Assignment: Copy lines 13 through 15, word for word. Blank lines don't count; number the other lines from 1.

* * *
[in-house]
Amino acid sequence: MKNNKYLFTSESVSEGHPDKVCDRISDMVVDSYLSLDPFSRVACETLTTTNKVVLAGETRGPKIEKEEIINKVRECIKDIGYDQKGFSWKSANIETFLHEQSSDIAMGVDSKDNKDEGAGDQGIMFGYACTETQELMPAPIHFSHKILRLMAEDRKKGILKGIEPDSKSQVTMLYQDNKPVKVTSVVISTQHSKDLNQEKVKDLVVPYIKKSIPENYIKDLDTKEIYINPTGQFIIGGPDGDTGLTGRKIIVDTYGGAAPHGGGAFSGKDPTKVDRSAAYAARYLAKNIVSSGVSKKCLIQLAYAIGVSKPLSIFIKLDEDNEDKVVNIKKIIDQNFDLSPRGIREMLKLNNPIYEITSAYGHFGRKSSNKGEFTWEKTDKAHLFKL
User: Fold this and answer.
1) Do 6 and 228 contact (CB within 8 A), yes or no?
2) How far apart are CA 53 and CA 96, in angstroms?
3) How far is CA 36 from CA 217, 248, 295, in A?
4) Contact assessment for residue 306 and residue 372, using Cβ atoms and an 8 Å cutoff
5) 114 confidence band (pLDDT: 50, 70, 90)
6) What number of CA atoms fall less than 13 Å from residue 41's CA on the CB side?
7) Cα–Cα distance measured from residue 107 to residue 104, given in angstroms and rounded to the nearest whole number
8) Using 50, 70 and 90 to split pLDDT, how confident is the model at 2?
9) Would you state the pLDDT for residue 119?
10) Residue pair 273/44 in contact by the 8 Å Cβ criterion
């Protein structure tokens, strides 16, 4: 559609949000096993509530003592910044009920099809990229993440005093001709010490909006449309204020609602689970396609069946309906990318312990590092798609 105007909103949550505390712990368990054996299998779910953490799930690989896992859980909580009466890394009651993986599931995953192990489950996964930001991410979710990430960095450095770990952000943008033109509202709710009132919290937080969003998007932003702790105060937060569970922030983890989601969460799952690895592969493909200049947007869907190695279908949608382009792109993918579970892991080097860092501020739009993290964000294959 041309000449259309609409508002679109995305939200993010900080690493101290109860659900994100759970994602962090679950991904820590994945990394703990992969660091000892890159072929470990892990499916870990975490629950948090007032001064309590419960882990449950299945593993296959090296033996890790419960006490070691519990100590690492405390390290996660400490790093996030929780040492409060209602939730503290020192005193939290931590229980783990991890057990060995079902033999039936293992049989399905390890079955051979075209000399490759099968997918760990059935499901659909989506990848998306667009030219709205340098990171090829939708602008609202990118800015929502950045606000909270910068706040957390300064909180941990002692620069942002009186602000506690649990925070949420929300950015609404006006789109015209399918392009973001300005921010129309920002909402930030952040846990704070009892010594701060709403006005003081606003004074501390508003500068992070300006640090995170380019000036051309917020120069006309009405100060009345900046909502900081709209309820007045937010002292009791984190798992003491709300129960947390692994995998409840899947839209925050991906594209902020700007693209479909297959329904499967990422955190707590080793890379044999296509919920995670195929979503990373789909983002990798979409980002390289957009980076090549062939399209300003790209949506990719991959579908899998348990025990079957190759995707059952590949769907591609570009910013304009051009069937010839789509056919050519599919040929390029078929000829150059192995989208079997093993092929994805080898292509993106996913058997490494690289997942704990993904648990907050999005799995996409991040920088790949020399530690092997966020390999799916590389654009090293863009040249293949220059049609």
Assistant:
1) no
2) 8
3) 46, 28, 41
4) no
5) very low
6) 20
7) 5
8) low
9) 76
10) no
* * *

10) Residue pair 273/44 in contact by the 8 Å Cβ criterion
């Protein structure tokens, strides 16, 4: 559609949000096993509530003592910044009920099809990229993440005093001709010490909006449309204020609602689970396609069946309906990318312990590092798609 105007909103949550505390712990368990054996299998779910953490799930690989896992859980909580009466890394009651993986599931995953192990489950996964930001991410979710990430960095450095770990952000943008033109509202709710009132919290937080969003998007932003702790105060937060569970922030983890989601969460799952690895592969493909200049947007869907190695279908949608382009792109993918579970892991080097860092501020739009993290964000294959 041309000449259309609409508002679109995305939200993010900080690493101290109860659900994100759970994602962090679950991904820590994945990394703990992969660091000892890159072929470990892990499916870990975490629950948090007032001064309590419960882990449950299945593993296959090296033996890790419960006490070691519990100590690492405390390290996660400490790093996030929780040492409060209602939730503290020192005193939290931590229980783990991890057990060995079902033999039936293992049989399905390890079955051979075209000399490759099968997918760990059935499901659909989506990848998306667009030219709205340098990171090829939708602008609202990118800015929502950045606000909270910068706040957390300064909180941990002692620069942002009186602000506690649990925070949420929300950015609404006006789109015209399918392009973001300005921010129309920002909402930030952040846990704070009892010594701060709403006005003081606003004074501390508003500068992070300006640090995170380019000036051309917020120069006309009405100060009345900046909502900081709209309820007045937010002292009791984190798992003491709300129960947390692994995998409840899947839209925050991906594209902020700007693209479909297959329904499967990422955190707590080793890379044999296509919920995670195929979503990373789909983002990798979409980002390289957009980076090549062939399209300003790209949506990719991959579908899998348990025990079957190759995707059952590949769907591609570009910013304009051009069937010839789509056919050519599919040929390029078929000829150059192995989208079997093993092929994805080898292509993106996913058997490494690289997942704990993904648990907050999005799995996409991040920088790949020399530690092997966020390999799916590389654009090293863009040249293949220059049609």
Assistant: